Stanford survives slow start to down UC Davis 30-10

Photo credit: @StanfordFball

By Jeremy Harness

STANFORD, Calif. – It’s a good thing that the scoreboard doesn’t have pictures or game film.

The quality of play left a lot to be desired from both teams. Saturday morning’s game at Stanford Stadium featured shanked punts, botched fake punts, scratch-your-head interceptions, late hits that were not called, and just overall bad football.

However, the Stanford Cardinal pushed through all of that to get their third straight win to start the season and keep its No. 9 national ranking intact with a (30-3) win over UC Davis. What was much more deceiving than the score was the official attendance on Saturday, which was announced as 31,772. Looking into the stands, which were more than half empty, a four-digit number would have been much more accurate.

Getting past all of that, one thing is abundantly clear going forward: Stanford will have to play a lot better if they are going to beat a much-improved Oregon team, which will be waiting for the Cardinal upon their arrival in Eugene next Saturday.

Quarterback K.J Costello overcame a horrific start to lead the Cardinal to victory. He completed 17 of his 30 throws for 214 yards and a pair of touchdowns.

He was visibly off target in the early going, as he also threw two interceptions, both coming in the first quarter. Although he completed his first pass of the game for a first down, that momentum quickly fizzled, and the Cardinal’s opening drive resulted in a punt.

Stanford’s second possession ended up abruptly when Costello’s pass over the middle was intercepted, giving UC Davis the ball on Stanford’s 12-yard line. The Aggies converted that into a field goal to give them an early 3-0 lead.

Stanford averted disaster on its third drive when Costello appeared to have thrown an inadvertent backward pass and was ruled a live ball, which linebacker Nas Anesi scooped up and jaunted into the end zone untouched to give the Aggies a shocking 9-0 lead.

That play was reviewed, and it was then determined that the ball was thrown forward, therefore an incomplete pass, and the touchdown was taken off the board.

That good fortune vanished into the wind on the very next play, however, as Costello sailed another pass over the middle and had it picked off by sophomore defensive back Isaiah Thomas (not to be confused with the point guard for the NBA’s Denver Nuggets).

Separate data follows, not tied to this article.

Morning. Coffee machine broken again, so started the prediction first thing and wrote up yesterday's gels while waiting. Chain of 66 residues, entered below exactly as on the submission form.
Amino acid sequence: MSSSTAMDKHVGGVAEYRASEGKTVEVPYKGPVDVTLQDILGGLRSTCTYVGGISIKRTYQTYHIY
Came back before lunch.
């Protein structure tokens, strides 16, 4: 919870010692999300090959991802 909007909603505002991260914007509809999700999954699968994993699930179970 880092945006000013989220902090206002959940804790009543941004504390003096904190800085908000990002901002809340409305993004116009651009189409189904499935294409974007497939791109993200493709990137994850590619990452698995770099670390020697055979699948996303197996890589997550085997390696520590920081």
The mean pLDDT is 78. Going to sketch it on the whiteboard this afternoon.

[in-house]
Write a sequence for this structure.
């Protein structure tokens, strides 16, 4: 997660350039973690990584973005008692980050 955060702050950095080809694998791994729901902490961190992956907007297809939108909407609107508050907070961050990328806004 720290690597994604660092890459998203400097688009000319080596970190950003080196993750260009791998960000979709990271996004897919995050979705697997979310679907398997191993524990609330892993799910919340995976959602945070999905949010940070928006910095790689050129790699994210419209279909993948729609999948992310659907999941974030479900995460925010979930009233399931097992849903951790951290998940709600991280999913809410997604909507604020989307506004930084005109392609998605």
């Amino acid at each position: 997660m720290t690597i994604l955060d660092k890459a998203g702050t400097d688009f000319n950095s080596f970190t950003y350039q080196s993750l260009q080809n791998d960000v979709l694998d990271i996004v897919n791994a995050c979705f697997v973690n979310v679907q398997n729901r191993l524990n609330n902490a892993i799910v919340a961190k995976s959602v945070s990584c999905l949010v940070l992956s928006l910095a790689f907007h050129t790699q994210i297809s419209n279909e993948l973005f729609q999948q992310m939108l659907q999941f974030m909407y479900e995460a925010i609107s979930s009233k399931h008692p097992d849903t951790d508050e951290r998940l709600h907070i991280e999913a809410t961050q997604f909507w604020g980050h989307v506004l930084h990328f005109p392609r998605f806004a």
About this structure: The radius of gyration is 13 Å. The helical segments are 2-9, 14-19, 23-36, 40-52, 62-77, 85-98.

The defense held up remarkably well during that stretch, and the offense eventually got itself together in the second quarter. That’s when the Cardinal drove deep into UC Davis territory and took the lead, as J.J Arcega-Whiteside posted up cornerback Vincent White in the end zone, giving Costello a relatively easy 9-yard touchdown pass.

Late in the quarter, Stanford got into the red zone and Arcega-Whiteside got position in the end zone again, this time on cornerback Jordan Perryman. Costello found him once more, and the 8-yard score capped off a seven-play, 62-yard drive and gave the Cardinal a 17-3 lead, which stood at halftime.

A botched fake punt gave the Cardinal the ball on the Aggies’ 19-yard line for its first possession of the second half. After a three-and-out, Stanford settled for a field goal, increasing its lead to 20-3.

Following a Stanford touchdown, UC Davis had another crack at a score, pushing into the red zone. However, that hope was dashed when freshman Thomas Booker picked off a tipped pass.

That was, until UC Davis converted a Hail Mary pass for a touchdown, which was rather meaningless – college fantasy football does not exist, folks – but it changed the overall score nonetheless.

The No. 9 Cardinal head to Autzen Stadium next Saturday, September 22 to take on the No. 20 Oregon Ducks at 5:00 pm PDT on ABC.

Leave a Reply

Fill in your details below or click an icon to log in: Logo

You are commenting using your account. Log Out /  Change )

Google photo

You are commenting using your Google account. Log Out /  Change )

Twitter picture

You are commenting using your Twitter account. Log Out /  Change )

Facebook photo

You are commenting using your Facebook account. Log Out /  Change )

Connecting to %s